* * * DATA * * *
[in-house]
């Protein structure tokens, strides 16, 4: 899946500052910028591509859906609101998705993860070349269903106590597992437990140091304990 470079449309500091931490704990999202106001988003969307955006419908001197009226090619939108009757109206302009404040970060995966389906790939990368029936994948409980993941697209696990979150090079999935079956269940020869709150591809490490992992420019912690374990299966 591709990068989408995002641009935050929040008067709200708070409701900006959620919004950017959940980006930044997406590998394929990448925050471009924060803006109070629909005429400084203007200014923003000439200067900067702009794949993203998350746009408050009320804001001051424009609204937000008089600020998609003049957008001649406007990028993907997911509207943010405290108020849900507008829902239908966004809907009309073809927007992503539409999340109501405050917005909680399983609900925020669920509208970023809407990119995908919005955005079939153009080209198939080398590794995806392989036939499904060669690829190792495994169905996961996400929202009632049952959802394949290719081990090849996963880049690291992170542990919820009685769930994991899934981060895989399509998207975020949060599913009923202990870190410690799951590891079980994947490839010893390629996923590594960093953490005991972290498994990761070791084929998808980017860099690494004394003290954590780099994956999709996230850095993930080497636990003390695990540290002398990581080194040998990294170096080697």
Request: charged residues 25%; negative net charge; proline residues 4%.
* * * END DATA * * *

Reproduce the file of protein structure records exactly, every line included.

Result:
[in-house]
């Protein structure tokens, strides 16, 4: 899946500052910028591509859906609101998705993860070349269903106590597992437990140091304990 470079449309500091931490704990999202106001988003969307955006419908001197009226090619939108009757109206302009404040970060995966389906790939990368029936994948409980993941697209696990979150090079999935079956269940020869709150591809490490992992420019912690374990299966 591709990068989408995002641009935050929040008067709200708070409701900006959620919004950017959940980006930044997406590998394929990448925050471009924060803006109070629909005429400084203007200014923003000439200067900067702009794949993203998350746009408050009320804001001051424009609204937000008089600020998609003049957008001649406007990028993907997911509207943010405290108020849900507008829902239908966004809907009309073809927007992503539409999340109501405050917005909680399983609900925020669920509208970023809407990119995908919005955005079939153009080209198939080398590794995806392989036939499904060669690829190792495994169905996961996400929202009632049952959802394949290719081990090849996963880049690291992170542990919820009685769930994991899934981060895989399509998207975020949060599913009923202990870190410690799951590891079980994947490839010893390629996923590594960093953490005991972290498994990761070791084929998808980017860099690494004394003290954590780099994956999709996230850095993930080497636990003390695990540290002398990581080194040998990294170096080697």
Request: charged residues 25%; negative net charge; proline residues 4%.